Winds-Weather.-The climate of the English Channel is controlled to a large extent by the series of cyclonic disturbances that usually move toward the E or NE, generally passing N of the British Isles. In such cases, the English Channel is under the influence of a mild and moist SW or WSW jet stream. ... read more
This area is described from W to E, starting with approaches to the Scilly Isles, and ending at Poole Bay.
The Scilly Isles
The Scilly Isles (49°55'N., 6°20'W.) comprise a group of isles and numerous above and below-water dangers that occupy a bank, about 5 miles wide, lying between 21 and 31 miles WSW of Land’s End, the SW extremity of England. The largest isles are concentrated in the NE part of the bank and the small isles, rocks, and hidden dangers intersperse, rather sporadically, the SW part of the bank. Bishop Rock (49°45'N., 6°35'W.), the SW extremity of the Scilly Isles, is the N of a small detached group of above-water rocks which are mostly awash at HW. Bishop Rock Light, equipped with a racon, is shown from a conspicuous granite tower, 49m high, standing on the rock. The light tower is radar prominent and generally the first sighting made when approaching the English Channel from the W. The light is obscured on some bearings.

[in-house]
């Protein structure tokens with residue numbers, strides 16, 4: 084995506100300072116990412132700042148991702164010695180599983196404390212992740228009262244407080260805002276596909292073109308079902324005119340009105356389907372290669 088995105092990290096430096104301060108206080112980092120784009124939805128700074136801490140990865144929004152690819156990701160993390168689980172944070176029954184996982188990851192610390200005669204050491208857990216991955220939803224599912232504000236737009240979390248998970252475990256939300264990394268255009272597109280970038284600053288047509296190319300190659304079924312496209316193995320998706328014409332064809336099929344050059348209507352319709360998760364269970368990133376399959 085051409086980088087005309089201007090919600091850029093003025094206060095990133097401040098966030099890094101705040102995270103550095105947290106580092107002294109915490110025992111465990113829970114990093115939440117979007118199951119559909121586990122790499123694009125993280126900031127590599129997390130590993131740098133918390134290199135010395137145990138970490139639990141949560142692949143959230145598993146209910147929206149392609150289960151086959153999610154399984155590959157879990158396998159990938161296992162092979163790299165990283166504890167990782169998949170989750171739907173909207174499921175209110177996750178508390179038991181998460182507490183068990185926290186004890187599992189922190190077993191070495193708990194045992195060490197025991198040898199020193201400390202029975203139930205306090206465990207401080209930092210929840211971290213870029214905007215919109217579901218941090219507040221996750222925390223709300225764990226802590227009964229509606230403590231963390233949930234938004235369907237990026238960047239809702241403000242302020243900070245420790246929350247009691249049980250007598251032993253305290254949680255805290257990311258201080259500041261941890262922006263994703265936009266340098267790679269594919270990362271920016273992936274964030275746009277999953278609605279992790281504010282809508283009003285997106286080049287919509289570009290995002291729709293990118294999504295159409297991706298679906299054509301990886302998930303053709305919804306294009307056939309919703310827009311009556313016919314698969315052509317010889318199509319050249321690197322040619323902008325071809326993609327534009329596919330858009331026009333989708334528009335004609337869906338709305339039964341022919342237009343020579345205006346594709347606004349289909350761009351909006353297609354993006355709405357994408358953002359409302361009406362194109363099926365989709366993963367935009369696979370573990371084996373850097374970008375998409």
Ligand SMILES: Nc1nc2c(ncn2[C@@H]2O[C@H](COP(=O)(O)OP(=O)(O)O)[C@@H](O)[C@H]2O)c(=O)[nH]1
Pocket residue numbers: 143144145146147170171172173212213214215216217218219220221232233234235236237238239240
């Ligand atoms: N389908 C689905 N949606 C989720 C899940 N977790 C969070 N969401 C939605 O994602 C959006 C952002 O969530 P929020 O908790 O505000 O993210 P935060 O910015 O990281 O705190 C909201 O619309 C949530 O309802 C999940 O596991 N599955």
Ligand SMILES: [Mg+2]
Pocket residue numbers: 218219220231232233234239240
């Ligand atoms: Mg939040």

Pol Bank (49°50'N., 6°28'W.), with a least depth of 23m, constitutes the S danger in the Scilly Isles area. It should be avoided by all vessels, specially in periods of heavy swell, when strong overfalls are formed. St. Agnes lies close SW of St. Mary’s; an old conspicuous lighthouse stands on its summit. St. Martin’s, fronted by rocks and islets, lies at the NE side of the group about miles N of St. Mary’s. A conspicuous beacon, 56m high, is situated on the E and highest end of this isle. ... read more